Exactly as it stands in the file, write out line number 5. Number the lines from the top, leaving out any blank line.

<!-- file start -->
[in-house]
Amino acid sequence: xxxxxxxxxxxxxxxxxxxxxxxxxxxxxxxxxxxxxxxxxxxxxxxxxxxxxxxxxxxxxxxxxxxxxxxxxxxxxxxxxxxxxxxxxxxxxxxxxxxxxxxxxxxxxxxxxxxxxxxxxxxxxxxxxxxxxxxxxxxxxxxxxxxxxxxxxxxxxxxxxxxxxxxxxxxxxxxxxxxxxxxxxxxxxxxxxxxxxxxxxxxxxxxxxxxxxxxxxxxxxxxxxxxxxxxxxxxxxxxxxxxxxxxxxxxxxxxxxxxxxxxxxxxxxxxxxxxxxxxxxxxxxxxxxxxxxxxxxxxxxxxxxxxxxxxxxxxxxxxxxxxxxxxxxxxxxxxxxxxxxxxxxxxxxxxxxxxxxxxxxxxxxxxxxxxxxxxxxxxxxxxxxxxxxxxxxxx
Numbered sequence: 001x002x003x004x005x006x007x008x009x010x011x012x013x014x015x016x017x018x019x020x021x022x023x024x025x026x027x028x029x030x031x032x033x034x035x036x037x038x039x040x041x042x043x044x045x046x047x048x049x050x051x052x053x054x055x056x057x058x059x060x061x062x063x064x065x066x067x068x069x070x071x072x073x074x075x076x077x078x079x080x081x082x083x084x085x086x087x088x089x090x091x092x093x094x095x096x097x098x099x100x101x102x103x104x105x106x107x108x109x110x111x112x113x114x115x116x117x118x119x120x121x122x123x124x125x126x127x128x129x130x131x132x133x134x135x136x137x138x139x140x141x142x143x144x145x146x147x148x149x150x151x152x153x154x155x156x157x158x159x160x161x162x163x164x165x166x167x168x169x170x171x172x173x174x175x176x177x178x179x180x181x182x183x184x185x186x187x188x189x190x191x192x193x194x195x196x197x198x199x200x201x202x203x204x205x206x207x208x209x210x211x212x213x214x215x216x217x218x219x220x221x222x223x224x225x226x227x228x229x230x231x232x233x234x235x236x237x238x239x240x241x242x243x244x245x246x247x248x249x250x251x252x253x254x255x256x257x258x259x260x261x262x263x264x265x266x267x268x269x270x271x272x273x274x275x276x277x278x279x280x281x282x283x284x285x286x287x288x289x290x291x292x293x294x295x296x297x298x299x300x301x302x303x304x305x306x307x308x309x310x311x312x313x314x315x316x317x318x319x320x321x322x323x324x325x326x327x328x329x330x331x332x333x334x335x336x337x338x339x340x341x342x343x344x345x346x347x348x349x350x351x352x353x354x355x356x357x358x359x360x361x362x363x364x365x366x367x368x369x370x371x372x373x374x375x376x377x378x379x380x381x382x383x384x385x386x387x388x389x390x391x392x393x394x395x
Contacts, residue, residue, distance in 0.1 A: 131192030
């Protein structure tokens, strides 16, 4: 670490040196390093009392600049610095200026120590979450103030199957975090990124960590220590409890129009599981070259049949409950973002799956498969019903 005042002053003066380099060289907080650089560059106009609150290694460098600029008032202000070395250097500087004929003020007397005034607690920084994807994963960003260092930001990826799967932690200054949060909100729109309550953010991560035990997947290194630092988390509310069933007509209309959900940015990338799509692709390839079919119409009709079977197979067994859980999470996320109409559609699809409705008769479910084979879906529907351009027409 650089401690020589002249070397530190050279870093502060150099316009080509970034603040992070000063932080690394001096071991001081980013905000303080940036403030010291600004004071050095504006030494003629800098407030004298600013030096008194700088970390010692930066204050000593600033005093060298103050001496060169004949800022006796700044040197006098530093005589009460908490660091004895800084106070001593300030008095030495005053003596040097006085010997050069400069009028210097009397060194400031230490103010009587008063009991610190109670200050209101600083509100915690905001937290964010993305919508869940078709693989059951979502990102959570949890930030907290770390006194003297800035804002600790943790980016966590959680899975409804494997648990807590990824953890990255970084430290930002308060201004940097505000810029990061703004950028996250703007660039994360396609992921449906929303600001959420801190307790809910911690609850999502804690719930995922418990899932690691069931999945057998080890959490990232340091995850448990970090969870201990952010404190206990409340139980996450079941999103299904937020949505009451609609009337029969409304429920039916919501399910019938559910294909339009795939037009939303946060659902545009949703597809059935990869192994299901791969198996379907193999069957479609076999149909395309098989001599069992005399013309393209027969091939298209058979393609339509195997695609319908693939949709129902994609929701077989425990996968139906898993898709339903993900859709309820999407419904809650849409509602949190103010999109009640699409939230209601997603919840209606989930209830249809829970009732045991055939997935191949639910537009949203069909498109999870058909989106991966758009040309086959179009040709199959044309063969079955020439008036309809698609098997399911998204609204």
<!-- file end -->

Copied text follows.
């Protein structure tokens, strides 16, 4: 670490040196390093009392600049610095200026120590979450103030199957975090990124960590220590409890129009599981070259049949409950973002799956498969019903 005042002053003066380099060289907080650089560059106009609150290694460098600029008032202000070395250097500087004929003020007397005034607690920084994807994963960003260092930001990826799967932690200054949060909100729109309550953010991560035990997947290194630092988390509310069933007509209309959900940015990338799509692709390839079919119409009709079977197979067994859980999470996320109409559609699809409705008769479910084979879906529907351009027409 650089401690020589002249070397530190050279870093502060150099316009080509970034603040992070000063932080690394001096071991001081980013905000303080940036403030010291600004004071050095504006030494003629800098407030004298600013030096008194700088970390010692930066204050000593600033005093060298103050001496060169004949800022006796700044040197006098530093005589009460908490660091004895800084106070001593300030008095030495005053003596040097006085010997050069400069009028210097009397060194400031230490103010009587008063009991610190109670200050209101600083509100915690905001937290964010993305919508869940078709693989059951979502990102959570949890930030907290770390006194003297800035804002600790943790980016966590959680899975409804494997648990807590990824953890990255970084430290930002308060201004940097505000810029990061703004950028996250703007660039994360396609992921449906929303600001959420801190307790809910911690609850999502804690719930995922418990899932690691069931999945057998080890959490990232340091995850448990970090969870201990952010404190206990409340139980996450079941999103299904937020949505009451609609009337029969409304429920039916919501399910019938559910294909339009795939037009939303946060659902545009949703597809059935990869192994299901791969198996379907193999069957479609076999149909395309098989001599069992005399013309393209027969091939298209058979393609339509195997695609319908693939949709129902994609929701077989425990996968139906898993898709339903993900859709309820999407419904809650849409509602949190103010999109009640699409939230209601997603919840209606989930209830249809829970009732045991055939997935191949639910537009949203069909498109999870058909989106991966758009040309086959179009040709199959044309063969079955020439008036309809698609098997399911998204609204």